Cape Commons Beer To Siphon Profits To Water Projects
On October 30, a pair of recent Brown University undergraduates won $50,000 from Boston startup incubator MassChallenge – in an awards ceremony hosted by Aasif Mandvi — for their plan to use the profits from selling craft beer to finance water projects in developing countries. Can their business raise the capital it needs to build a brewery in Brooklyn? Will it sell enough beer to achieve its social mission?
As I learned in a November 5 interview with Victor Bartash and Lily Ricci, co-founders of Cape Commons Brewing, aspires ”to turn beer into a tool for collective action. Several tastings, all-nighters, and business plans later, we are finally geared up to build a social impact craft brewery in Brooklyn called Cape Commons.”
After meeting as undergraduate students at Brown, they realized a shared passion for social enterprise — with a focus on helping people without clean water. They want to make great craft beer — “loved by many” — and use the profits from selling it to pay for projects to supply water – “needed by all.”
According to Bartash — a Brown human biology major – “Nearly 780 million people on our planet lack a clean and secure water source. Then there’s crafting beer: an extremely water-intensive process, not to mention a $100 billion dollar industry. We believe access to clean water is a mission that all of us can rally behind, especially with a beer in hand.”
Ricci, an international development major, saw in her junior year that water was “the first rung on the ladder of international development.” And she plans to do something about it. As Ricci explained, “For every batch of beer we brew, we build one community water project through our on-the-ground partner, Rainwater for Humanity. It’s time we come together at the grassroots and mobilize this unstoppable power of beer for good. One Batch, One Project. Beer for Water.”
Cape Commons is now working to build “a water-efficient brewing system and our first rainwater catchment tank in Kerala, India. Our target is to have beer kegged, canned and in [customers'] hands by Fall 2014.”
While Bartash and Ricci started Cape Commons in the spring of 2012, they did not incorporate until August 2013. And when they did so, they took a unique legal form — a New York state Benefit Corporation.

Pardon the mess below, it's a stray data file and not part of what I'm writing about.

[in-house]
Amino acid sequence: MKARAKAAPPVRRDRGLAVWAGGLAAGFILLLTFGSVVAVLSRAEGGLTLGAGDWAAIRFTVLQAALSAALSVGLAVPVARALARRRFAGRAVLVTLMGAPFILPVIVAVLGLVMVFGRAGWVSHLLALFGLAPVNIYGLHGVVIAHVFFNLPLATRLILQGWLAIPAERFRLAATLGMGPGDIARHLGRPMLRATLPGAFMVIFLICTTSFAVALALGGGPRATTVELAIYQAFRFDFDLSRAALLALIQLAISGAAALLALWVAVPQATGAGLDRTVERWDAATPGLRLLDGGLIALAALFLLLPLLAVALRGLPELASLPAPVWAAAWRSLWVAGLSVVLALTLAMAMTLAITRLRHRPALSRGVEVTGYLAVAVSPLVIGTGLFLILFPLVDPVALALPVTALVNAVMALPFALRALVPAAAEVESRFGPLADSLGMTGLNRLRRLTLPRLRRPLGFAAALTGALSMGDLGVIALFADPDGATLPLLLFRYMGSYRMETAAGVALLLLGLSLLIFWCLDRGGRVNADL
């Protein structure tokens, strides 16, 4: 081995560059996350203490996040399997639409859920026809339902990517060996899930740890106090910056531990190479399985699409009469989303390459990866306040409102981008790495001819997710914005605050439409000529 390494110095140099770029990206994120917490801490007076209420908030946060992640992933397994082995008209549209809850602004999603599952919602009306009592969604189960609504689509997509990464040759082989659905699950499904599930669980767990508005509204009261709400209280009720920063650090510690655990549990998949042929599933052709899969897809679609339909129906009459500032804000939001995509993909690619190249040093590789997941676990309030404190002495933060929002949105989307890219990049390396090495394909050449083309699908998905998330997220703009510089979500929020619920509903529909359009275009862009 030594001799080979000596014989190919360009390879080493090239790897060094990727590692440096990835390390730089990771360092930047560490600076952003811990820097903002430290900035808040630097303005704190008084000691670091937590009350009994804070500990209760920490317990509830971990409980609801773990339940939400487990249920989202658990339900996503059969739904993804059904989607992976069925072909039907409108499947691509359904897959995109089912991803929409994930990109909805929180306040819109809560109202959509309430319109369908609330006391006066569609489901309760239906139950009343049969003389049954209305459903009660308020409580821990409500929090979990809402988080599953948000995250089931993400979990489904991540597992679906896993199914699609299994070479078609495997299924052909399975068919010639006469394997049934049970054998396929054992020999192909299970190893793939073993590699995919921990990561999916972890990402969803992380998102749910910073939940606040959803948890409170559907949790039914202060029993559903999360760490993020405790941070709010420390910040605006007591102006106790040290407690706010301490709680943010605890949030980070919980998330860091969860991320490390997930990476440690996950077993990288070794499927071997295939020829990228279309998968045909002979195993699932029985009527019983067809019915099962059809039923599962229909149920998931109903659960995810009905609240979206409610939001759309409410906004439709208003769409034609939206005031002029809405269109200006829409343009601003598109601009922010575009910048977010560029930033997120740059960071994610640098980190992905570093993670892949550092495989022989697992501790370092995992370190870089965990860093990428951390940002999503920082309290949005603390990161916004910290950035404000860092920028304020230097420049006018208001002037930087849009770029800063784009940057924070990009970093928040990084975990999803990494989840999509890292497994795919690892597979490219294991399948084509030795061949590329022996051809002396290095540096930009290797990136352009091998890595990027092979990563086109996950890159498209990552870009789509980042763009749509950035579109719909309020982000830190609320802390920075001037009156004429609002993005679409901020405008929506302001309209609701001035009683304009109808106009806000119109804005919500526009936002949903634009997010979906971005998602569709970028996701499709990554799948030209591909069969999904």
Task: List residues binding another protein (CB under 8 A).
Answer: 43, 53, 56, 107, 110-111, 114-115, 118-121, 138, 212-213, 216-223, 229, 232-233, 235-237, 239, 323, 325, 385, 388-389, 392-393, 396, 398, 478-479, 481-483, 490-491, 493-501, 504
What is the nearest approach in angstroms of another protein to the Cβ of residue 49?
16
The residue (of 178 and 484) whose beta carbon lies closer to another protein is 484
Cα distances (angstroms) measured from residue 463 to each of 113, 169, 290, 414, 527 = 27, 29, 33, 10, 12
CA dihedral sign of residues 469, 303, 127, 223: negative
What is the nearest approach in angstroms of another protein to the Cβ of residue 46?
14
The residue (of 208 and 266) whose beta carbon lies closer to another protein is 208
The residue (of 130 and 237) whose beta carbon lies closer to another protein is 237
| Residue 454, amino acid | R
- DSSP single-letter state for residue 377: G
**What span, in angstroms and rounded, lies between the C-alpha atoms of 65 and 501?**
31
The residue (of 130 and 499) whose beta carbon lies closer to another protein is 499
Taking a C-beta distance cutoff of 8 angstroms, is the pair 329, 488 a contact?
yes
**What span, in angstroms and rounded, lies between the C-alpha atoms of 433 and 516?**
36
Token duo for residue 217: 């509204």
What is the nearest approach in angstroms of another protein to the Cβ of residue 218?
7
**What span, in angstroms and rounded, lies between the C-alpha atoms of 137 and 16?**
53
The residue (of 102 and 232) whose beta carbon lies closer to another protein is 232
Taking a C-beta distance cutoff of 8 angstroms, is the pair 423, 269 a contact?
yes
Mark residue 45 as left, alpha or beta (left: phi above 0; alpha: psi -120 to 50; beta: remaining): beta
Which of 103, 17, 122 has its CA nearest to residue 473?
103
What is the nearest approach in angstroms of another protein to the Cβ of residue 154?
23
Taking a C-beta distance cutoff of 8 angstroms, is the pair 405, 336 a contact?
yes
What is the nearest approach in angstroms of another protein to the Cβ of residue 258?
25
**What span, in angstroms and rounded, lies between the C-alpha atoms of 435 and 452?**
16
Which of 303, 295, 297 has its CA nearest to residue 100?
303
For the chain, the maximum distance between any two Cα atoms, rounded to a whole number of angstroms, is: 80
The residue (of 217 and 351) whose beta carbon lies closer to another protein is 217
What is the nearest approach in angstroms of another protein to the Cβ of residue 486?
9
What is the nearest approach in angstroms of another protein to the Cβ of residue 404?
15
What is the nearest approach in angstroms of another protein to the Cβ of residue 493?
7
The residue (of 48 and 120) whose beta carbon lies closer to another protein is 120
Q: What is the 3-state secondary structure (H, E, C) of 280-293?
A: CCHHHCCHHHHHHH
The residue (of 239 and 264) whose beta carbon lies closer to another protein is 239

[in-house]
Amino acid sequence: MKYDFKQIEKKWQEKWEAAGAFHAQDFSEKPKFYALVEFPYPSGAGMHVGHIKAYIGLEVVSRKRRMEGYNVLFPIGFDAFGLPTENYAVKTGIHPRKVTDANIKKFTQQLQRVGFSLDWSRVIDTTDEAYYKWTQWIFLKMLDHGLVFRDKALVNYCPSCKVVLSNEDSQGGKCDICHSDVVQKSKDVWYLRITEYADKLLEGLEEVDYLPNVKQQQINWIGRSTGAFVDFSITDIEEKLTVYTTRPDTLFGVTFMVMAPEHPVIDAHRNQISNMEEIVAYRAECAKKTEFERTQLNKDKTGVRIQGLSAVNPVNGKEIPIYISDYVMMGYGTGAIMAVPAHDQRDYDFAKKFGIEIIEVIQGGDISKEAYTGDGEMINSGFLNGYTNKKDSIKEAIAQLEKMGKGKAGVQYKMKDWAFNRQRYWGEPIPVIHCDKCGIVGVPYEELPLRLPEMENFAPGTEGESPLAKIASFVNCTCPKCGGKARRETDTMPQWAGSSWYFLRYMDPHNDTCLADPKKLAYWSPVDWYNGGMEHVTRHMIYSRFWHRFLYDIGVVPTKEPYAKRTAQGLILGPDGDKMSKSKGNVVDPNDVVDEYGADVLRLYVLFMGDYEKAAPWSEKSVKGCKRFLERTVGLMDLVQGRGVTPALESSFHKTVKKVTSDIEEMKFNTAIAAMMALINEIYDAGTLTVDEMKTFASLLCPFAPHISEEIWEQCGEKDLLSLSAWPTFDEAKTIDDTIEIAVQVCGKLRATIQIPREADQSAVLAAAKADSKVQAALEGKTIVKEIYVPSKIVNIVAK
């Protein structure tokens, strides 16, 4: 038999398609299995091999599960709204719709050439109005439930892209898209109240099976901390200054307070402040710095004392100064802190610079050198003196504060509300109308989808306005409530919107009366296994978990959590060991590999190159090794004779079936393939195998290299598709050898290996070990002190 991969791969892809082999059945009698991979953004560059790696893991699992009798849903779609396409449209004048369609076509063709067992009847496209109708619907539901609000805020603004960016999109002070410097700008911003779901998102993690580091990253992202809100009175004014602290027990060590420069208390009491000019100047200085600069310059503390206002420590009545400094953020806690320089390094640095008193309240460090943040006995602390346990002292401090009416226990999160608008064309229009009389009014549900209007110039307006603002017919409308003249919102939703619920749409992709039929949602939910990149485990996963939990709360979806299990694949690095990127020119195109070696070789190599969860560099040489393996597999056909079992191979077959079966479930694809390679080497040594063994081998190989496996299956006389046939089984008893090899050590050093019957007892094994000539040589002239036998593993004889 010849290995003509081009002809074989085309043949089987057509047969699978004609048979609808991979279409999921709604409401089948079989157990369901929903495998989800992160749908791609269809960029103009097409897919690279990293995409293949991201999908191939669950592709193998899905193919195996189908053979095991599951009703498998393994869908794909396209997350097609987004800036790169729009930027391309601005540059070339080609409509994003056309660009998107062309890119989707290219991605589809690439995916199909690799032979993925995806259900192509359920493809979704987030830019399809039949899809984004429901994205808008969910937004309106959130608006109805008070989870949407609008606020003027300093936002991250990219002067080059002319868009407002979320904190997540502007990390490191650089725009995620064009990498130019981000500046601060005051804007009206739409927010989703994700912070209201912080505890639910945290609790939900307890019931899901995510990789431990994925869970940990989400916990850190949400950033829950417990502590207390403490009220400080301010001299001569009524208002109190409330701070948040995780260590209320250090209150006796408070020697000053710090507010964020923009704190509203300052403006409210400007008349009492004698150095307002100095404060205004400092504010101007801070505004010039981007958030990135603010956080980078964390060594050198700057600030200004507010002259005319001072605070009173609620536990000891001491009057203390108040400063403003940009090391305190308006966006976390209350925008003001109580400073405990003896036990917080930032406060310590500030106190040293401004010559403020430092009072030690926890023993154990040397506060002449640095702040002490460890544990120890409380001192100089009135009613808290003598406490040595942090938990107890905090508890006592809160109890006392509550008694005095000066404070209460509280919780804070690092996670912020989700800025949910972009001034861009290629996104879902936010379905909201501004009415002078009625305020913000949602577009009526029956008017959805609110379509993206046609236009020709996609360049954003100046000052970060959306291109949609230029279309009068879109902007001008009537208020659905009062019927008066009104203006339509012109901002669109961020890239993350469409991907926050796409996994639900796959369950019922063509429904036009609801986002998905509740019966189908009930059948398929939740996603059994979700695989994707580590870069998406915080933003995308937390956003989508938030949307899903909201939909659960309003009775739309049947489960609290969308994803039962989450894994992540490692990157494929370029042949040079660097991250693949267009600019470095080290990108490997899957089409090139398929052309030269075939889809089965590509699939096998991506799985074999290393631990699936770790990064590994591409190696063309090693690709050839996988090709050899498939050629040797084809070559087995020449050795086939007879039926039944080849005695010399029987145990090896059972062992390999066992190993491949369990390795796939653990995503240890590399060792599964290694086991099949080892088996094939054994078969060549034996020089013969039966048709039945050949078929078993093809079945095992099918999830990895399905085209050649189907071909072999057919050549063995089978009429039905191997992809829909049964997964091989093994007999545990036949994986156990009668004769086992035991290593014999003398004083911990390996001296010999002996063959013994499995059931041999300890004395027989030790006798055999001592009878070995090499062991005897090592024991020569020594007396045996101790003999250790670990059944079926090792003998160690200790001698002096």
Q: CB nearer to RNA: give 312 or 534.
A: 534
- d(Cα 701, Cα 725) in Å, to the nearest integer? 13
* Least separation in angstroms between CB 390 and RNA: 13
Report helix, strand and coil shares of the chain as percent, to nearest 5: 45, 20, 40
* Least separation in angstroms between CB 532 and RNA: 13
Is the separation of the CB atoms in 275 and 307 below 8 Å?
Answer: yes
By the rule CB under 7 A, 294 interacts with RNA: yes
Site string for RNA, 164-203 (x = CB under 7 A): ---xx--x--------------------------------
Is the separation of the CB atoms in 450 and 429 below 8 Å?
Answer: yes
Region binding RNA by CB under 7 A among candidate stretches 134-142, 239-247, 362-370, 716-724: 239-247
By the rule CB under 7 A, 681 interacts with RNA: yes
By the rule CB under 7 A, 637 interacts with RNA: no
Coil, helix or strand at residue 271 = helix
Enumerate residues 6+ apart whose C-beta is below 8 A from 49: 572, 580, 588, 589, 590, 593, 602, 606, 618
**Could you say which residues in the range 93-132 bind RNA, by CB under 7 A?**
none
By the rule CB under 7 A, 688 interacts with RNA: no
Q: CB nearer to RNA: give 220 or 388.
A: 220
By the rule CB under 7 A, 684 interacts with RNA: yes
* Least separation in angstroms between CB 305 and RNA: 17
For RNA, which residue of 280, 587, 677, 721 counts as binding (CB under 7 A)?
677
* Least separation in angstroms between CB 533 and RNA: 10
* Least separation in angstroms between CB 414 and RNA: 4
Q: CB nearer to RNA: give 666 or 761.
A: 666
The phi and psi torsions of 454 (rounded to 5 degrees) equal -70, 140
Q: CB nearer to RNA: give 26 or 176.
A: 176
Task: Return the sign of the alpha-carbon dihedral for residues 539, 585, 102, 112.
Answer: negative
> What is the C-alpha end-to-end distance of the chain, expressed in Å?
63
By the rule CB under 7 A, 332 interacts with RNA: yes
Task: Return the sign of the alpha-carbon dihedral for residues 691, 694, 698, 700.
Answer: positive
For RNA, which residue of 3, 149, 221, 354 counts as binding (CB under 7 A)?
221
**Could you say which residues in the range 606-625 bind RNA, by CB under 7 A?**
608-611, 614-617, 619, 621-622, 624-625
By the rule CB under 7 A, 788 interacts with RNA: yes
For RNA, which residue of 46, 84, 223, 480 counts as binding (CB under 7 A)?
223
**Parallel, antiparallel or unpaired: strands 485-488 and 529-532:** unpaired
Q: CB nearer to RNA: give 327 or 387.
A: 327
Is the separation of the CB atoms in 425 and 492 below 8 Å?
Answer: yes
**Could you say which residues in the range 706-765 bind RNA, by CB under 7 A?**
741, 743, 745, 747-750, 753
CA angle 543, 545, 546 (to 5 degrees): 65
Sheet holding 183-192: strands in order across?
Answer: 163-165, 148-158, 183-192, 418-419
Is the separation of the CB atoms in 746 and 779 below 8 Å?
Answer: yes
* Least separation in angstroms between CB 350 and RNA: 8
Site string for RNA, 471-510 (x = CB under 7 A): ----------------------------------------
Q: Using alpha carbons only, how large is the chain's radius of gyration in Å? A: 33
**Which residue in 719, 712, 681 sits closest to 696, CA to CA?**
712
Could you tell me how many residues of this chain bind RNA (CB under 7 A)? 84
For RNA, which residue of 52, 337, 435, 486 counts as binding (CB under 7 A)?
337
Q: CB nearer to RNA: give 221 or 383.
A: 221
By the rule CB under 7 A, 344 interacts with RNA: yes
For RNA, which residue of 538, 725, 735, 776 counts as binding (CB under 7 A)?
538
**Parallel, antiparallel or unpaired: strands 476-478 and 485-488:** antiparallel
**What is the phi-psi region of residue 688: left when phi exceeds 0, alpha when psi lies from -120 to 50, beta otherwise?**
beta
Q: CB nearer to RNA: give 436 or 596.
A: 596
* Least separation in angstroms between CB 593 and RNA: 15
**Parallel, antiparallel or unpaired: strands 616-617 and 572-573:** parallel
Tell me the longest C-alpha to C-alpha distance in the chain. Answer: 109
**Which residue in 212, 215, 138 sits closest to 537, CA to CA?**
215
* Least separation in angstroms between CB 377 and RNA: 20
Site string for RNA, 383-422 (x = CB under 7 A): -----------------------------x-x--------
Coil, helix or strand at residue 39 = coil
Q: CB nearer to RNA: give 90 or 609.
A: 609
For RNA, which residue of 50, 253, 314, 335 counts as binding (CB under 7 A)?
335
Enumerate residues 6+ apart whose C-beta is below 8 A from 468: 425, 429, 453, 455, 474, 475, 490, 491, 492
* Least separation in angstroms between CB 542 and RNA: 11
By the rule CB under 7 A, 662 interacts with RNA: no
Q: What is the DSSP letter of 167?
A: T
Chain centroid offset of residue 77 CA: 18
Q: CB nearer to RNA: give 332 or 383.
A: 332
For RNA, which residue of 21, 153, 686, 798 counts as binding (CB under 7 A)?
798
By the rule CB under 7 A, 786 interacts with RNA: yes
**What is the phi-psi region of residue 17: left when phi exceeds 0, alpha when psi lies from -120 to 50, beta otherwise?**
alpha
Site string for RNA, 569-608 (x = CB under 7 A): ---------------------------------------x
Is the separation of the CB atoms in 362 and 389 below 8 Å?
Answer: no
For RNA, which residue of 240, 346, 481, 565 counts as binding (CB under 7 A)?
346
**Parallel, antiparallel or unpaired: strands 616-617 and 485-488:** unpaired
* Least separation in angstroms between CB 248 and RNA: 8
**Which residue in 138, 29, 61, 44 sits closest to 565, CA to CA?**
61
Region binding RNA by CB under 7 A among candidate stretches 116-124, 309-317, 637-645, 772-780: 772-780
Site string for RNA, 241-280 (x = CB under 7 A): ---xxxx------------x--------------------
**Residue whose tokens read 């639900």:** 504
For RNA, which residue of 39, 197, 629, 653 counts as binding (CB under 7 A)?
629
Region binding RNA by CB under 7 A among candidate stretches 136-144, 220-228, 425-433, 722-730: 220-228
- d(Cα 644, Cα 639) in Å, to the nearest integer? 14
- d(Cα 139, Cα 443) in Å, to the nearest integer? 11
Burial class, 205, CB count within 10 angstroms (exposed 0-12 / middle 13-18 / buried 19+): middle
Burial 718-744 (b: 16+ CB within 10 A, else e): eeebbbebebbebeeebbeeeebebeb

As Bartash explained, “The Benefit Corporation is a new legal form that holds a company responsible to deliver on its social and environmental responsibility. Every year we will file a benefit report — assessed by a third party — that any customer, investor, or family member can read online. We want to be a torch bearer for the future of socially-responsible business.”
Their four months at MassChallenge “provided a safety net after Brown,” said Barash. “It gave us mentoring, cash prizes, a network, and help with financial statements, legal challenges, and developing a business plan. We accomplished a years’ worth of work in four months.”
Cape Commons will focus on a specific group of beer drinkers with a unique product. According to Ricci, “Our CC Lager is fermented at between 62 and 67 degrees, is light, drinkable, and crafted. We arrived at this style after five to six months of market research — going from 13 possible brews down to four samples that were rated by 100 students. We are targeting young professionals – millennials from 21 to 30 years old.”
Cape Commons wants to build a brewery in Brooklyn. As Bartash explained, “We are raising $1.5 million – through crowdfunding and friends and family who are mission-aligned — to build a brewery with 1,500 barrels of initial production capacity. We plan to distribute on the east coast and to sell it at farmer’s markets and music festivals. And at large events we hope to get corporate sponsors who want to cross-promote corporate social responsibility initiatives.”
And Bartash and Ricci have discussed how to split up the work. As Ricci explained, “Everyone has to wear all hats. Vic and I are doing everything that needs to be done. I will focus on the sustainability side and Vic will be in charge of distribution and financing. We will both do face-to-face marketing at festivals and pitching to retail channels.”
Bartash and Ricci are very pleased with what they have accomplished so far. And I would guess that their Brown professors will be cheering them on to be proud bearers of the torch for the future of socially-responsible business.